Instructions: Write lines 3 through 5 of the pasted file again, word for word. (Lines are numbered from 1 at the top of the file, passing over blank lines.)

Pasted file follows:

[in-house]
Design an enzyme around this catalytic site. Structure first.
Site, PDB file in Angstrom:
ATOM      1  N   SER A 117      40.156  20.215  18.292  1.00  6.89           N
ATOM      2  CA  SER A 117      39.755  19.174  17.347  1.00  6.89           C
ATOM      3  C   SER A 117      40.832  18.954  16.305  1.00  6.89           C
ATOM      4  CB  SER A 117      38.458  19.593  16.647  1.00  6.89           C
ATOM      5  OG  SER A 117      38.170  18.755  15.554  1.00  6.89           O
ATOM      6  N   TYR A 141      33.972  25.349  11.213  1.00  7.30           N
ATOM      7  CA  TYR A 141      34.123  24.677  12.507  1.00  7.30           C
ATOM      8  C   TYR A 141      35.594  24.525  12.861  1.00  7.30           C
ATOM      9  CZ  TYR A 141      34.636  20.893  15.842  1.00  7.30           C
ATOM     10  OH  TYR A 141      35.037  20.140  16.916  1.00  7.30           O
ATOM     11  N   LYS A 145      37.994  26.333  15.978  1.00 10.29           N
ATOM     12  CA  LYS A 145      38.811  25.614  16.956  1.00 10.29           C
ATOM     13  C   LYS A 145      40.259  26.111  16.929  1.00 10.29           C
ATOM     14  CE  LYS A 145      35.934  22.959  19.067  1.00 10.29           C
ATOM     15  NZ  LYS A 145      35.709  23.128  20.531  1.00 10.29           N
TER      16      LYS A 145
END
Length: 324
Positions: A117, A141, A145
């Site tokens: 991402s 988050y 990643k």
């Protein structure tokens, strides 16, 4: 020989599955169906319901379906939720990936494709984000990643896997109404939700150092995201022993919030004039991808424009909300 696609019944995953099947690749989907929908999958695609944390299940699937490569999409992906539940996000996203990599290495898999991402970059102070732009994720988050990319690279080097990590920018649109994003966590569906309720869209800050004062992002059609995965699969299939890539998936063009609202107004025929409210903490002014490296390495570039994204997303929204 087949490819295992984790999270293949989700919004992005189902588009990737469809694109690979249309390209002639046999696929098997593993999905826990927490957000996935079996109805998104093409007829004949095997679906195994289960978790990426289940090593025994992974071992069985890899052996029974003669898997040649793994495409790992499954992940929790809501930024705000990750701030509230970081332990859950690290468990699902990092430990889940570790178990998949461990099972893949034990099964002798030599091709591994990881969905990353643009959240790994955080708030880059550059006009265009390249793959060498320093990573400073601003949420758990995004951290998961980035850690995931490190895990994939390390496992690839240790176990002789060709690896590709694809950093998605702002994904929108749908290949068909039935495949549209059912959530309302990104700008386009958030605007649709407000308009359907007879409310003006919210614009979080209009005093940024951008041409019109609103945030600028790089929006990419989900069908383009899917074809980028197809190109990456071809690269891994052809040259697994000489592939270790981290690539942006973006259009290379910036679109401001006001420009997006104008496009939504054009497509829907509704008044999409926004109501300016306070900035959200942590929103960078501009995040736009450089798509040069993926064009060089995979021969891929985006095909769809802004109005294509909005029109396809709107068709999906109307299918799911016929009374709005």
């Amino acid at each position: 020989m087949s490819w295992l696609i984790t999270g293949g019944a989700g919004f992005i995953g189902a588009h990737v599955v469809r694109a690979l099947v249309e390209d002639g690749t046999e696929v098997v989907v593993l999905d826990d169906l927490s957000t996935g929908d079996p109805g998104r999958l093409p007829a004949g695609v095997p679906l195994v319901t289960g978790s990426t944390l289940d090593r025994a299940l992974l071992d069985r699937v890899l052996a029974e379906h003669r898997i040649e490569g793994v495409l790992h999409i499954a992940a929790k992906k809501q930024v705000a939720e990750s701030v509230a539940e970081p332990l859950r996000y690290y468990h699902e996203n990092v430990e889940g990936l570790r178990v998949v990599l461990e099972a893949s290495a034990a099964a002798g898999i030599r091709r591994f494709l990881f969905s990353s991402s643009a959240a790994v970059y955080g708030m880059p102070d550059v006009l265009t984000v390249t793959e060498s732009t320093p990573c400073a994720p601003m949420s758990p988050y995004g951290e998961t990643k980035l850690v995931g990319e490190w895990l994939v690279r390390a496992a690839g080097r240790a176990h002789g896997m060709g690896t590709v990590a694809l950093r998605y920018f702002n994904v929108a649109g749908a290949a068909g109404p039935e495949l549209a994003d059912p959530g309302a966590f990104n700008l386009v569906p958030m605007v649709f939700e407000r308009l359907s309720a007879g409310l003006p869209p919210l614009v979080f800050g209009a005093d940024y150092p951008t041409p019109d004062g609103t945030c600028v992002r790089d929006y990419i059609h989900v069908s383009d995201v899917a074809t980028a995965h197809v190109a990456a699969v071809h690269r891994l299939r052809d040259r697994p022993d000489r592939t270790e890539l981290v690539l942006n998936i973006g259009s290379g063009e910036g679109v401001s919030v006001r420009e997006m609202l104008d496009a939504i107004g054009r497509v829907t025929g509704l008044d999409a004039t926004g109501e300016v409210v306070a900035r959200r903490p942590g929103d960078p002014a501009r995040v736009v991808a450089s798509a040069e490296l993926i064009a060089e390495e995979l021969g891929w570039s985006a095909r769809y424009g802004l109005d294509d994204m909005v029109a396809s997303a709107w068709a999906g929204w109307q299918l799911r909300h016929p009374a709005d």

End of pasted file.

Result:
Site, PDB file in Angstrom:
ATOM      1  N   SER A 117      40.156  20.215  18.292  1.00  6.89           N
ATOM      2  CA  SER A 117      39.755  19.174  17.347  1.00  6.89           C